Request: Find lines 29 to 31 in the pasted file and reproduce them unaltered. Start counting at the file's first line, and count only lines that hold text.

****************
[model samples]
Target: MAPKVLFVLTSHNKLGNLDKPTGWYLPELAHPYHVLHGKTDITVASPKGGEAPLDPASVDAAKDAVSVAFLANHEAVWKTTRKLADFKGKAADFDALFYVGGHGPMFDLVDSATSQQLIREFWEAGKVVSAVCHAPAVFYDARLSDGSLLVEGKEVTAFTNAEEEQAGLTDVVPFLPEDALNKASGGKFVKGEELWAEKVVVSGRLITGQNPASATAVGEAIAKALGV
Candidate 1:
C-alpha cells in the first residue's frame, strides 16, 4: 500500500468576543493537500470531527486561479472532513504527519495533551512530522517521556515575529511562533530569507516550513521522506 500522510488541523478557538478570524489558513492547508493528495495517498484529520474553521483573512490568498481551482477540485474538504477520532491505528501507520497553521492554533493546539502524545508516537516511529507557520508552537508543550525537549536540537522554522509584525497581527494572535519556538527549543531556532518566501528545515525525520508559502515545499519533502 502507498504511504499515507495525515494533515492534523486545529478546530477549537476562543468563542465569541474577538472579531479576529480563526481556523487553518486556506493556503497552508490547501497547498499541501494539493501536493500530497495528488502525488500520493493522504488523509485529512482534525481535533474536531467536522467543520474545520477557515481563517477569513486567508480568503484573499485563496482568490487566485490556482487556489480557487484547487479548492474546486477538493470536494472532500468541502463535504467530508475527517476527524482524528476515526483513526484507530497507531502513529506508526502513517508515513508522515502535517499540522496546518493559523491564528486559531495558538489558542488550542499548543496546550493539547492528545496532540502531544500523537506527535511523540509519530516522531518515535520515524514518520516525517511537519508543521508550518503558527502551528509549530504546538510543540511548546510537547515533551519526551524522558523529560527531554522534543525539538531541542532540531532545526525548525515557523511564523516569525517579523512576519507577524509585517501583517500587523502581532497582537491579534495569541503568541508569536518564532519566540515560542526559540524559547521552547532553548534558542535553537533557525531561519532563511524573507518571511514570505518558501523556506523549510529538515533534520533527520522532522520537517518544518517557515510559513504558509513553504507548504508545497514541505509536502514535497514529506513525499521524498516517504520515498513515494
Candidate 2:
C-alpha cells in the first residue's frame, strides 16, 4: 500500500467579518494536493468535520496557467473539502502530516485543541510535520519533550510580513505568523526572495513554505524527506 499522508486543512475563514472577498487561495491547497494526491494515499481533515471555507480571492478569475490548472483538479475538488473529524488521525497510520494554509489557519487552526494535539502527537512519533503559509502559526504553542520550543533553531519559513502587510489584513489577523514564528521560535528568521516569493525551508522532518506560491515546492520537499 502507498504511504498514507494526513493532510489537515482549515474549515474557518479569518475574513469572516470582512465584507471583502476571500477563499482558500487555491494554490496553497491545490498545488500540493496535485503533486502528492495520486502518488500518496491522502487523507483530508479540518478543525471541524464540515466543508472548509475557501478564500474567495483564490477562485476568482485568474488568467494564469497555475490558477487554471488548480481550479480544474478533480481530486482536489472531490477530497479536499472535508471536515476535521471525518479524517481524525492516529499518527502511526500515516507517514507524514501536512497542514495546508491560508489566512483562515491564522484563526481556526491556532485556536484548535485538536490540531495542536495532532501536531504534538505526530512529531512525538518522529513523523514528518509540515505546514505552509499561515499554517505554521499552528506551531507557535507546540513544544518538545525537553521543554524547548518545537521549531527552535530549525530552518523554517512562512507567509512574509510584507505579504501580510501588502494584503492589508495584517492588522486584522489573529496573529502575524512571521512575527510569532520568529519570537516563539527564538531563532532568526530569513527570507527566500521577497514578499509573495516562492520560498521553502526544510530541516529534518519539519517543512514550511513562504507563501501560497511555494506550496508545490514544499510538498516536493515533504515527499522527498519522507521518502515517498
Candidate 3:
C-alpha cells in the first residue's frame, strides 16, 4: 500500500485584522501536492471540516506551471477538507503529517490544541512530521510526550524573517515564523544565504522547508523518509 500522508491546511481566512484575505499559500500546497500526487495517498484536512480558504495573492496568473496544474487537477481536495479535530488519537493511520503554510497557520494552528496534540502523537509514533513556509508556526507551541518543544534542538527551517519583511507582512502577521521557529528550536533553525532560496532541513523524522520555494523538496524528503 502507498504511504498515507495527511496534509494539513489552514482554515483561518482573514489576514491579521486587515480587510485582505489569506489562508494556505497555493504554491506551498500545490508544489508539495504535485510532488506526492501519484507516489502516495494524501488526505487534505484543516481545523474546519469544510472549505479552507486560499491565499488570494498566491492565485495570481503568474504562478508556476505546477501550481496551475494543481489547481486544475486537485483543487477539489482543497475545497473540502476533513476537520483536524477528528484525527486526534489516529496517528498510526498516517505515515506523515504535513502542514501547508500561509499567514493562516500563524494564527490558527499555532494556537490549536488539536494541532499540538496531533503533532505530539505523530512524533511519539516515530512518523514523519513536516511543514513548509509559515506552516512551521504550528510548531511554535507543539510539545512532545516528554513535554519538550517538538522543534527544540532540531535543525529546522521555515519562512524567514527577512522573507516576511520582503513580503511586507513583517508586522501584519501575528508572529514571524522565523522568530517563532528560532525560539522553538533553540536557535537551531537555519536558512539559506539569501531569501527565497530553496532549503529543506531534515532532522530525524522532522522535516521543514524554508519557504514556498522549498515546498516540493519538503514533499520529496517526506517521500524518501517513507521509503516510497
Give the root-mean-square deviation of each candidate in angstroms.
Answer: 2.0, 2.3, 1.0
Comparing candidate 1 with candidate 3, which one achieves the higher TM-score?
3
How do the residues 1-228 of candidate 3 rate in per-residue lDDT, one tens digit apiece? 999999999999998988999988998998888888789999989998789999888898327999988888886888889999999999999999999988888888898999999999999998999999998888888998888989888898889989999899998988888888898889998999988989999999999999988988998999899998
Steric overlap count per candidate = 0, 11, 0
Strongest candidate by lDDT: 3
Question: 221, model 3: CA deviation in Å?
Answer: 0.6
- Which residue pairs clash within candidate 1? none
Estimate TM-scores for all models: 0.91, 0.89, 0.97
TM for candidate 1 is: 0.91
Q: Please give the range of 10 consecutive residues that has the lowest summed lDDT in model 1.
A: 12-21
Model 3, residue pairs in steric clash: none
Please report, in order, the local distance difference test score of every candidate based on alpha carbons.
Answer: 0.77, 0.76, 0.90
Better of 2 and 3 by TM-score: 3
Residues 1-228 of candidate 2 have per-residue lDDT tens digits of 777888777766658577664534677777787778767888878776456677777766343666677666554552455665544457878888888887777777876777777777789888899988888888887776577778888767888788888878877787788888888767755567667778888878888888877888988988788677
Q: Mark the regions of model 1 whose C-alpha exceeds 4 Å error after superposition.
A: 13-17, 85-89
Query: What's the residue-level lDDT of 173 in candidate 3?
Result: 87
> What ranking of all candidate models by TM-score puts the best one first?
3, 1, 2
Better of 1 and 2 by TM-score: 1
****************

A: 13-17, 85-89
Query: What's the residue-level lDDT of 173 in candidate 3?
Result: 87